Adjacent to this workshop were both a couple of classrooms as well as another workshop with both milling machines and lathes. The classrooms are not your average classroom with desks. Rather, they have six to ten heavy duty worktables with one to two bench vises attached on each. Companies such as MidwayUSA and Brownells have been very supportive of this program.

From Facebook

Mark Dye is the head of the program. Like Len, he is a graduate of the program himself. He also was a gunsmith with both Clark Guns in Louisiana and Bowen Classic Arms in Tennessee before going out on his own. In addition, he is the inventor of the Drop-In Trigger System for 1911s being marketed by Nighthawk Customs. It is essentially a drop-in trigger job.

Moving on, the equipment available for students includes:

  • 28 lathes
  • 13 Bridgeport type milling machines
  • 2 precision surface grinders
  • 1 CNC milling center
  • 3 commercial spray booths for Cerakote
  • Arms room with 350+ firearms for classroom examples and training aids
  • A myriad of bench and belt grinding equipment
  • Welding equipment 
  • Heat treating furnace
  • Hot bluing tanks

The MidwayUSA Arms Room has a wide assortment of firearms with which students can tinker.

If you work on firearms then you need a place to test them. They have two 100-yard ranges on campus which they share with the law enforcement program.

In addition to the regular degree and certificate program, they are one of four schools certified to offer NRA short-term gunsmithing classes and the only one east of the Mississippi. These classes range from an AR-15 armorer’s class up to building your own custom 1911 from a kit. They also will have classes on knife making, shooting, reloading, and finishing. I could easily see myself taking one or more of these classes.

Carolina All Out is a regional TV outdoor program available on cable in the Carolina as well as YouTube. They featured two episodes on the gunsmithing program at Montgomery Community College. The first featured rebarreling a Remington 700 and the second featured taking the rifle’s accuracy to the next stage by bedding and load development. Seen together, you get a good feel for the facilities and the expertise of instructors such as Len Fagan and Mark Dye.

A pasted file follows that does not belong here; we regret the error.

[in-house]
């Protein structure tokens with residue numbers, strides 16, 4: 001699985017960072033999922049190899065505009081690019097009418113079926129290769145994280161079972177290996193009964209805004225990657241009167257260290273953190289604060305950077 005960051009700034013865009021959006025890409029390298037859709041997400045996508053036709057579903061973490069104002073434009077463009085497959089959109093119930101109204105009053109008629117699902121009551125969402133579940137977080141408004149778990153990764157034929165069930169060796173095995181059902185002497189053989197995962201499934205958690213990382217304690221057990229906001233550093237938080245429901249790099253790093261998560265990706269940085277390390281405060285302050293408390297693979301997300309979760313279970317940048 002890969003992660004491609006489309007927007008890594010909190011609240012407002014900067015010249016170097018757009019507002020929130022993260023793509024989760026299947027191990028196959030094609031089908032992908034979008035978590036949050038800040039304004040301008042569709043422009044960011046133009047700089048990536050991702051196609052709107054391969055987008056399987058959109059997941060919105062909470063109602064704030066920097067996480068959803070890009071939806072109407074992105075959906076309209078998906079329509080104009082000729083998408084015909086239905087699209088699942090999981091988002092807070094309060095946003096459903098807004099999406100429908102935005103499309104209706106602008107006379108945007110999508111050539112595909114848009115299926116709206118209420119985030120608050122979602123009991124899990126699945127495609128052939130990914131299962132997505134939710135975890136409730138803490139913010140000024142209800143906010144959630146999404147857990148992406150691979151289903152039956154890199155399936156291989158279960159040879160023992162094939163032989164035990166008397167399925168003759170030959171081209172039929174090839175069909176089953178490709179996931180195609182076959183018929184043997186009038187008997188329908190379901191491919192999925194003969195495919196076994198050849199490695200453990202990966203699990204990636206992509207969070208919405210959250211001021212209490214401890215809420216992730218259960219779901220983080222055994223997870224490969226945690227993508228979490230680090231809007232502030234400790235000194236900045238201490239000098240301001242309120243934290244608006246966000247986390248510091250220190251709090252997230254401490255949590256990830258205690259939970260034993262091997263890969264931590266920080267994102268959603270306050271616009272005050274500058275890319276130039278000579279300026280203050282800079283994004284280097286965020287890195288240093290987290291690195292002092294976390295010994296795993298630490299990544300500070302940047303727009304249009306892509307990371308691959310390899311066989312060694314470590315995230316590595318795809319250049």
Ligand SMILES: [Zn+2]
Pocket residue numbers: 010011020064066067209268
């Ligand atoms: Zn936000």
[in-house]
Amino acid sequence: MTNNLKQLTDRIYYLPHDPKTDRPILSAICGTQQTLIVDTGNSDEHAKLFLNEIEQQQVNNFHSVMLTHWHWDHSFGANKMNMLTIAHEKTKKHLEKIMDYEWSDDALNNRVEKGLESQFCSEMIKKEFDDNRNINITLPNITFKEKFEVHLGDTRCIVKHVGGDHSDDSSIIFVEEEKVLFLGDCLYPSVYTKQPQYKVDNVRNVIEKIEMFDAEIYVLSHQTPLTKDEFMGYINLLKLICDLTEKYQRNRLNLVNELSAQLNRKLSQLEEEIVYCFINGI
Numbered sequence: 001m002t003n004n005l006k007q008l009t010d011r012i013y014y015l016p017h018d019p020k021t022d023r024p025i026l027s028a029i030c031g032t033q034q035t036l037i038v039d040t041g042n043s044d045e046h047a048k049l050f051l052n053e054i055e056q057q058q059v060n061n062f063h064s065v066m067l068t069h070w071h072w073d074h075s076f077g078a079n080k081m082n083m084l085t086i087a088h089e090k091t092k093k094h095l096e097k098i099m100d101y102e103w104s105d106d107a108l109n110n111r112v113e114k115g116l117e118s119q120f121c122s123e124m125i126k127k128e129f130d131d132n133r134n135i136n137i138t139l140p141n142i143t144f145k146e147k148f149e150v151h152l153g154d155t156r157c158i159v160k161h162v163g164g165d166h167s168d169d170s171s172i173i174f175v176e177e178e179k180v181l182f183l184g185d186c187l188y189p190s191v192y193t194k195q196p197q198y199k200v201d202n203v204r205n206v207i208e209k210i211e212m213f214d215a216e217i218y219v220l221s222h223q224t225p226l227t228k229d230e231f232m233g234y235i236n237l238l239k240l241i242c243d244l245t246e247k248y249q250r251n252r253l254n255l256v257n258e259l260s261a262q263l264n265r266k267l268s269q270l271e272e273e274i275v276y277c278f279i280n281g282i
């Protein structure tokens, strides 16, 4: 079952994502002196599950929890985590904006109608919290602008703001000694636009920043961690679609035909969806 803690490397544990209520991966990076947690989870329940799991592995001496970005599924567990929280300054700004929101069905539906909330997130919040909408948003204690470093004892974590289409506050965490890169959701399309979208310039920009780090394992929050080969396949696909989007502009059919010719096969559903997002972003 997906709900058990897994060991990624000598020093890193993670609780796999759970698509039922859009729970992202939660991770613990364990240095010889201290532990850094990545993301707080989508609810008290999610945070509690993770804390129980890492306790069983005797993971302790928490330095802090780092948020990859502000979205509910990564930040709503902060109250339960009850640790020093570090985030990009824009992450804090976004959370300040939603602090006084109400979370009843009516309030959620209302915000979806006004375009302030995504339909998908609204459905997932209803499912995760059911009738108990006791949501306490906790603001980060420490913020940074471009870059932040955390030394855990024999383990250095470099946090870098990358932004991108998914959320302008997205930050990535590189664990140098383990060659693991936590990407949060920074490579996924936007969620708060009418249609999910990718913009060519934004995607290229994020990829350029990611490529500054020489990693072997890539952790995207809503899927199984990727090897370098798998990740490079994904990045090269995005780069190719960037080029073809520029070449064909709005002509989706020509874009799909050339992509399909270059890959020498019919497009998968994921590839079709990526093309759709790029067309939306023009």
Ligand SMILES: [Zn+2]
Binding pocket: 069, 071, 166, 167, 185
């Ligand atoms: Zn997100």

If you are interested in learning more about gunsmithing as either a career or just because you want to tinker on your own firearms, I can recommend Montgomery Community College. In the interest of full disclosure, I will be graduating in less than two weeks from their Hunting and Shooting Sports Management program making me an alumnus of MCC. Nonetheless, I think they are one of the premier gunsmithing programs in the nation.

NRA Foundation Helps North Carolina Students

Catching up on emails that arrived while I was out of town, I came across this one from the NRA. It discusses the substantial donations made by the NRA Foundation to Montgomery Community College to fund scholarships for gunsmithing students.

NRA Foundation Funds Montgomery Community College Scholarships

TROY, N.C. – Nearly $100,000 in NRA Foundation grants have funded Montgomery Community College scholarships for its gunsmithing program since 1994. These merit-based scholarships help spur high academic achievement and pristine attendance records while providing students with the freedom and flexibility to undertake notably challenging projects.

Throughout their time in MCC’s gunsmithing program, students develop skills tooling and blueprinting, metal finishing, firearm diagnostics and repair, and custom firearms manufacturing. More than two-thirds of class time is spent hands-on in the college’s 5,400 square feet of shop workspace.

“Friends of NRA and the NRA Foundation are both great proponents of Montgomery Community College’s gunsmithing program,” said Mark Dye, gunsmithing program director at Montgomery Community College. “In their biggest show of support yet, the NRA Foundation granted us funds to award 12 gunsmithing scholarships this year. We are truly grateful for the NRA’s unwavering commitment to our focus on this great American tradition.”

Both the East and West Friends of NRA State Fund Committees in North Carolina award grants to the program each year. In 2014, nearly half of all scholarships awarded to MCC gunsmithing students came from The NRA Foundation.

I am especially gratified by these donations as my family connections to Montgomery County go back to before the Civil War. My father was born in Troy and I still have cousins living there.

If you need a tax deduction for 2015, a donation to the NRA Foundation is tax deductible. You have until midnight tomorrow to make one if you use a credit card.